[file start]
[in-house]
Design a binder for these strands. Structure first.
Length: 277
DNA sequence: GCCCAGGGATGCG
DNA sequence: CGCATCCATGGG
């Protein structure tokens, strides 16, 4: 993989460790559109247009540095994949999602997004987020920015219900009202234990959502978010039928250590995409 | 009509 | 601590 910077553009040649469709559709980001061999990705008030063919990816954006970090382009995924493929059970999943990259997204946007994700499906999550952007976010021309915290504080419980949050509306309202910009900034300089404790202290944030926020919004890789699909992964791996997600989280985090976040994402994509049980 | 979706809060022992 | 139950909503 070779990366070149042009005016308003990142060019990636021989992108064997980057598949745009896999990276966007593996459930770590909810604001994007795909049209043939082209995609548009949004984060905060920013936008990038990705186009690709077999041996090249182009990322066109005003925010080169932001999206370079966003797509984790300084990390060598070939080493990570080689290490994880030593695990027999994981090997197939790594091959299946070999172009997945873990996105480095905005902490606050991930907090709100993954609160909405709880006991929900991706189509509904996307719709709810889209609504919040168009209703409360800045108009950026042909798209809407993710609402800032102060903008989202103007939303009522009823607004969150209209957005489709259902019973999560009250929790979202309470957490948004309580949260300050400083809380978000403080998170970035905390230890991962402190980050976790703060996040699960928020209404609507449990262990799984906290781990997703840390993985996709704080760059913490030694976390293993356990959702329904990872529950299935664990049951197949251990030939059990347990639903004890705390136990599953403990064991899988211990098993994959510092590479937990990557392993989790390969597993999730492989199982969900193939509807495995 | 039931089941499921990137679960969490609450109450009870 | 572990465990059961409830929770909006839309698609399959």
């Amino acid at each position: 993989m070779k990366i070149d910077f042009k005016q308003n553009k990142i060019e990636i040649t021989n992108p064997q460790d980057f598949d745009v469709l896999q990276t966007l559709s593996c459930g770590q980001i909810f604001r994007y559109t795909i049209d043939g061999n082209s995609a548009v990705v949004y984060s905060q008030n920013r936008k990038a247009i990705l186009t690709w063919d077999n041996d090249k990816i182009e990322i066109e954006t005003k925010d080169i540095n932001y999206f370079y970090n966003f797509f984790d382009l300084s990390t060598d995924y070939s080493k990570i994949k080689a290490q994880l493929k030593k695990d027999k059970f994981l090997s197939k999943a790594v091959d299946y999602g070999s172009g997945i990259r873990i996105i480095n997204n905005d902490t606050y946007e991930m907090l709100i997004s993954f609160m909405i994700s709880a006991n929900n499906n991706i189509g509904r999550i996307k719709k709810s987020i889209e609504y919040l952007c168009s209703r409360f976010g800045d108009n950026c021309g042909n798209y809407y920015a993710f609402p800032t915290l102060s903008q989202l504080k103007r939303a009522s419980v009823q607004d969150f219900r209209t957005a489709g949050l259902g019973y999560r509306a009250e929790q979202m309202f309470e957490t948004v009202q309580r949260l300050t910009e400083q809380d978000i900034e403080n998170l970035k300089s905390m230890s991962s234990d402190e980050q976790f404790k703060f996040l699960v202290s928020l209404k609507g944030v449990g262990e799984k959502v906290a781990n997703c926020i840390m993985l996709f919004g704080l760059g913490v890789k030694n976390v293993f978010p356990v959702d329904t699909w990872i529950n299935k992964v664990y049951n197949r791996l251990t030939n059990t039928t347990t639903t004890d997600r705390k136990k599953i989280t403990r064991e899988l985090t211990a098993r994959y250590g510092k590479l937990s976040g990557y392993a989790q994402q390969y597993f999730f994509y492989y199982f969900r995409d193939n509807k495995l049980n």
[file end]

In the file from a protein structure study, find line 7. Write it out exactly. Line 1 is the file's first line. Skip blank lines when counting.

């Amino acid at each position: 993989m070779k990366i070149d910077f042009k005016q308003n553009k990142i060019e990636i040649t021989n992108p064997q460790d980057f598949d745009v469709l896999q990276t966007l559709s593996c459930g770590q980001i909810f604001r994007y559109t795909i049209d043939g061999n082209s995609a548009v990705v949004y984060s905060q008030n920013r936008k990038a247009i990705l186009t690709w063919d077999n041996d090249k990816i182009e990322i066109e954006t005003k925010d080169i540095n932001y999206f370079y970090n966003f797509f984790d382009l300084s990390t060598d995924y070939s080493k990570i994949k080689a290490q994880l493929k030593k695990d027999k059970f994981l090997s197939k999943a790594v091959d299946y999602g070999s172009g997945i990259r873990i996105i480095n997204n905005d902490t606050y946007e991930m907090l709100i997004s993954f609160m909405i994700s709880a006991n929900n499906n991706i189509g509904r999550i996307k719709k709810s987020i889209e609504y919040l952007c168009s209703r409360f976010g800045d108009n950026c021309g042909n798209y809407y920015a993710f609402p800032t915290l102060s903008q989202l504080k103007r939303a009522s419980v009823q607004d969150f219900r209209t957005a489709g949050l259902g019973y999560r509306a009250e929790q979202m309202f309470e957490t948004v009202q309580r949260l300050t910009e400083q809380d978000i900034e403080n998170l970035k300089s905390m230890s991962s234990d402190e980050q976790f404790k703060f996040l699960v202290s928020l209404k609507g944030v449990g262990e799984k959502v906290a781990n997703c926020i840390m993985l996709f919004g704080l760059g913490v890789k030694n976390v293993f978010p356990v959702d329904t699909w990872i529950n299935k992964v664990y049951n197949r791996l251990t030939n059990t039928t347990t639903t004890d997600r705390k136990k599953i989280t403990r064991e899988l985090t211990a098993r994959y250590g510092k590479l937990s976040g990557y392993a989790q994402q390969y597993f999730f994509y492989y199982f969900r995409d193939n509807k495995l049980n």